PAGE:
Hearing aids

Your GP can help you get hearing aids if you think you need them.

The models available nowadays on the NHS are a great improvement on those used in the past. They're smaller and neater, and they work better too.

The earlier you get them, the more you'll get out of them - so don't wait until your hearing gets really bad before seeing your GP.

This page covers:

Benefits of hearing aids

How to get them

Types of hearing aids

NHS hearing aids

Paying for hearing aids

Batteries, repairs and replacements

Help and support

Benefits of hearing aids

Hearing aids won't make your hearing perfect, but they make sounds louder and clearer, reducing the impact hearing loss has on your life.

Hearing aids can:

  • help you hear everyday sounds such as the doorbell and phone
  • improve your ability to hear speech
  • make you feel more confident when talking to people and make it easier for you to follow conversations in different environments
  • help you to enjoy listening to music and the TV, at a volume that's comfortable for those around you

But hearing aids only help if you still have some hearing left, so don't put off getting help if your hearing is getting worse.

How to get hearing aids

See your GP if you're having problems with your hearing. They can refer you to a hearing specialist for an assessment if they think you might need a hearing aid.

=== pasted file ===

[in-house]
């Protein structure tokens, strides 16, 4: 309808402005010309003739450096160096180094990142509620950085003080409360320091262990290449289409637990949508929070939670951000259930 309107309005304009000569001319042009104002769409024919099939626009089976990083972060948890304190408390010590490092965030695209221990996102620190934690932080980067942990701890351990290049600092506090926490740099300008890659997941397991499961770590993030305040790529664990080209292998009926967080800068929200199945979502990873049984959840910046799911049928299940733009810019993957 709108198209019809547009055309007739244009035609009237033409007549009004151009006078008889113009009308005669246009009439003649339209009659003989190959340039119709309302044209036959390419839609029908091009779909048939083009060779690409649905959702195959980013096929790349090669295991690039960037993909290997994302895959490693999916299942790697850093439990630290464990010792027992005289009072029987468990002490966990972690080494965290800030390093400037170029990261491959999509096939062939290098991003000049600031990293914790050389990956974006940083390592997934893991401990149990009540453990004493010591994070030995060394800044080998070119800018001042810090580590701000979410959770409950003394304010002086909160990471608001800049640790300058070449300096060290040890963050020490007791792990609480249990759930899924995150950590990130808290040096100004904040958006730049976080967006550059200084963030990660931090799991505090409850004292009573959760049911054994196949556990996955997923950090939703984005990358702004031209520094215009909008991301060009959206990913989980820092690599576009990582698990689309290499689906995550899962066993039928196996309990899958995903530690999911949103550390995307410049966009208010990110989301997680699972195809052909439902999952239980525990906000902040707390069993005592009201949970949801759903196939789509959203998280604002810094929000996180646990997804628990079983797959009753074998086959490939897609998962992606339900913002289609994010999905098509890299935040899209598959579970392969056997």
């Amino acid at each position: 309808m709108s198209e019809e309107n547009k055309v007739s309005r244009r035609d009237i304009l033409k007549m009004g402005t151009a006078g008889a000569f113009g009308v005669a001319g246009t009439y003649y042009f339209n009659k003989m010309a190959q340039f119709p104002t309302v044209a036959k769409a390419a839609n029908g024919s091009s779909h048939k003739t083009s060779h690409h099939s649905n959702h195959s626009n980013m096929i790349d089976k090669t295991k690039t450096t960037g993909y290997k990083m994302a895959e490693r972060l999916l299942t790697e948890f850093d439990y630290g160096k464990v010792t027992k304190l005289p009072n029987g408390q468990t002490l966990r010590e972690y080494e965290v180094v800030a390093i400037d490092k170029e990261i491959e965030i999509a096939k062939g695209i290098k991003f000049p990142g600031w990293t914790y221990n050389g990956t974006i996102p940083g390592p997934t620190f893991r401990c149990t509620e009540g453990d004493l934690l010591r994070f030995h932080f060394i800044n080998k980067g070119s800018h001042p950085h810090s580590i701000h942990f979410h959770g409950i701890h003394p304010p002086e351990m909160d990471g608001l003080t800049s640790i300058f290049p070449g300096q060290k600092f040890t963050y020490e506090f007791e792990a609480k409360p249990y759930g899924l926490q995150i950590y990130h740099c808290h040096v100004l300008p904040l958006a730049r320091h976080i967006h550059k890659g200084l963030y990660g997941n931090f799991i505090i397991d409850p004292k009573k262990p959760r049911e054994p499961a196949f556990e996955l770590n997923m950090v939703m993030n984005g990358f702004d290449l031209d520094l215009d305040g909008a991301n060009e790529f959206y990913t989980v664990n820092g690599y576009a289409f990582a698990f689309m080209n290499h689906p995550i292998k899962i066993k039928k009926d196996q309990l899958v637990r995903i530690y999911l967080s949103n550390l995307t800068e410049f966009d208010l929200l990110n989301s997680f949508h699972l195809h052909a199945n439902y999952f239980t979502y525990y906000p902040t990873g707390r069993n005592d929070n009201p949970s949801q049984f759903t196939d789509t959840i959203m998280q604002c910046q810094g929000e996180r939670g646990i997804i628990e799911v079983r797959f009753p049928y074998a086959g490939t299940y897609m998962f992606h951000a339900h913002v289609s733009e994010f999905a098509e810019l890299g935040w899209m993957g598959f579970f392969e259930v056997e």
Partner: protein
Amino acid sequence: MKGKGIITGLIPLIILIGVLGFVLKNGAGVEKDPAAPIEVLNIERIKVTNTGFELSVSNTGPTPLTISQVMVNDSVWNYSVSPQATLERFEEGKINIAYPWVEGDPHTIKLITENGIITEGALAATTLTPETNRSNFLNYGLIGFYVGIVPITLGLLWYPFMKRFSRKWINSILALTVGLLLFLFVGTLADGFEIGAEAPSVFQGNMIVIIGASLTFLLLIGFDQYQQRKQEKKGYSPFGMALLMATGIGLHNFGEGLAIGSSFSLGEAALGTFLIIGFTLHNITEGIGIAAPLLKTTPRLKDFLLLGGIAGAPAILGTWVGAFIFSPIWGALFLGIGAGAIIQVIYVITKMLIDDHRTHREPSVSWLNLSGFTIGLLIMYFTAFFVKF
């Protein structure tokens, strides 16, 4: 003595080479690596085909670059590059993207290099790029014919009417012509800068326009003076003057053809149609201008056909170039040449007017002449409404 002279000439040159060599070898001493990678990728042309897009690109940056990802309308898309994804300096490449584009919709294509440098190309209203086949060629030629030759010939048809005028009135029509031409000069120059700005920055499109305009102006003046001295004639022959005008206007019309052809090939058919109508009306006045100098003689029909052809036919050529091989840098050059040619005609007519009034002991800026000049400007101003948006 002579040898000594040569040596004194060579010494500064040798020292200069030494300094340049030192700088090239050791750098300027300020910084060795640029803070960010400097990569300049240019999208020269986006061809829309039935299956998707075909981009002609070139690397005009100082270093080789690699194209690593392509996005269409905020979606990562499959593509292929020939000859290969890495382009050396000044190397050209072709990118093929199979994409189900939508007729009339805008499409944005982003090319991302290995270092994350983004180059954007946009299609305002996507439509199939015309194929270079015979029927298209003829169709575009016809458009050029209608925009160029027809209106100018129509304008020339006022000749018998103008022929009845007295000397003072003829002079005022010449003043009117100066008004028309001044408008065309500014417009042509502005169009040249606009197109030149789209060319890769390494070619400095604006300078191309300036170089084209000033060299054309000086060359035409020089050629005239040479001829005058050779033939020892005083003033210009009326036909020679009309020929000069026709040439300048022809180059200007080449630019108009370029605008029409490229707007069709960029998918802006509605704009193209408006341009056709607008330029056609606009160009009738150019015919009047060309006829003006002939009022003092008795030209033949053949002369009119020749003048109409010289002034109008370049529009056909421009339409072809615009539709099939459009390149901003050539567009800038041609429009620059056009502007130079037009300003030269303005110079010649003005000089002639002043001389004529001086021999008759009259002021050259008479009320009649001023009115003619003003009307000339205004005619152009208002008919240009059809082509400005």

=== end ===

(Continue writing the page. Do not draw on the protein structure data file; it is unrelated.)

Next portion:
If your specialist recommends hearing aids, talk to them about the different types available and which is best for you. You may be able to try a few types before choosing one.

Some types may be available to use straight away. Others may need to be custom made after your ear has been measured or a cast of your ear has been taken. These will usually be ready in a few weeks.

When your hearing aid is ready, it will be programmed to suit your level of hearing loss. You'll be shown how to use it and how to look after it.

Another appointment will be arranged for a few weeks later to check how things are going.

Types of hearing aids

A variety of hearing aids are available. The main types are:

Behind the ear hearing aids

Behind the ear (BTE) hearing aids are the most common type.

They're made up of a small plastic device that sits behind your ear.

This is attached with a tube to a piece of plastic that fits in your ear (an earmould) or a soft tip that goes into the opening of your ear (an open fitting).

BTE hearing aids are one of the easiest types to use and are suitable for most people with hearing loss. They're available in a range of colours.